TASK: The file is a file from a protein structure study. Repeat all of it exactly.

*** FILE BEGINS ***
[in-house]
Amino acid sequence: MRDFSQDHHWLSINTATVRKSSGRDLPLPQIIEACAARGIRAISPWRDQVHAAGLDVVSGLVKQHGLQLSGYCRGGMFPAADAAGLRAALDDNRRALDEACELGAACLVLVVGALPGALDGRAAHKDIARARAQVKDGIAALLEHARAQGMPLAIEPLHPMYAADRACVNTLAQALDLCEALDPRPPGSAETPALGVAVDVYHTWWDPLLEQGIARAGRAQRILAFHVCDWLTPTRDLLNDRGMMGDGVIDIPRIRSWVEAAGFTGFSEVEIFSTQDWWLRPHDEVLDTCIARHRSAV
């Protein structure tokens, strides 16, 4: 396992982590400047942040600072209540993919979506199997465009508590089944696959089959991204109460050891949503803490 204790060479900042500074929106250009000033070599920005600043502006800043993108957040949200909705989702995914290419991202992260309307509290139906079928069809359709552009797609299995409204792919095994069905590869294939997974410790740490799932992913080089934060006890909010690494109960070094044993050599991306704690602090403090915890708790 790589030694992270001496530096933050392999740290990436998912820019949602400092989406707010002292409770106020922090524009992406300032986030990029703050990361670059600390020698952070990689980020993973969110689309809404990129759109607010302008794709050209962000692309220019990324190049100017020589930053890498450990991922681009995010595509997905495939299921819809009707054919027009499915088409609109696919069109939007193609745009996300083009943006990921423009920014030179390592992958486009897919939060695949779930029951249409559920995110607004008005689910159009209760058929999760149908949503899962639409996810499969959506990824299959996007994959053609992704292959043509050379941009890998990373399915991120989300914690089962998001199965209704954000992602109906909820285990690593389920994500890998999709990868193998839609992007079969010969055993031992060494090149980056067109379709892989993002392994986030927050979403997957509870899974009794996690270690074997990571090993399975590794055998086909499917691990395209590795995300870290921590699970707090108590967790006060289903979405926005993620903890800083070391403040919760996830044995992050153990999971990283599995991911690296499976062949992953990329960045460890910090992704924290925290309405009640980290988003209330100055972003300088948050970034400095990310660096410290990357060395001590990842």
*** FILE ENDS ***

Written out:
[in-house]
Amino acid sequence: MRDFSQDHHWLSINTATVRKSSGRDLPLPQIIEACAARGIRAISPWRDQVHAAGLDVVSGLVKQHGLQLSGYCRGGMFPAADAAGLRAALDDNRRALDEACELGAACLVLVVGALPGALDGRAAHKDIARARAQVKDGIAALLEHARAQGMPLAIEPLHPMYAADRACVNTLAQALDLCEALDPRPPGSAETPALGVAVDVYHTWWDPLLEQGIARAGRAQRILAFHVCDWLTPTRDLLNDRGMMGDGVIDIPRIRSWVEAAGFTGFSEVEIFSTQDWWLRPHDEVLDTCIARHRSAV
């Protein structure tokens, strides 16, 4: 396992982590400047942040600072209540993919979506199997465009508590089944696959089959991204109460050891949503803490 204790060479900042500074929106250009000033070599920005600043502006800043993108957040949200909705989702995914290419991202992260309307509290139906079928069809359709552009797609299995409204792919095994069905590869294939997974410790740490799932992913080089934060006890909010690494109960070094044993050599991306704690602090403090915890708790 790589030694992270001496530096933050392999740290990436998912820019949602400092989406707010002292409770106020922090524009992406300032986030990029703050990361670059600390020698952070990689980020993973969110689309809404990129759109607010302008794709050209962000692309220019990324190049100017020589930053890498450990991922681009995010595509997905495939299921819809009707054919027009499915088409609109696919069109939007193609745009996300083009943006990921423009920014030179390592992958486009897919939060695949779930029951249409559920995110607004008005689910159009209760058929999760149908949503899962639409996810499969959506990824299959996007994959053609992704292959043509050379941009890998990373399915991120989300914690089962998001199965209704954000992602109906909820285990690593389920994500890998999709990868193998839609992007079969010969055993031992060494090149980056067109379709892989993002392994986030927050979403997957509870899974009794996690270690074997990571090993399975590794055998086909499917691990395209590795995300870290921590699970707090108590967790006060289903979405926005993620903890800083070391403040919760996830044995992050153990999971990283599995991911690296499976062949992953990329960045460890910090992704924290925290309405009640980290988003209330100055972003300088948050970034400095990310660096410290990357060395001590990842």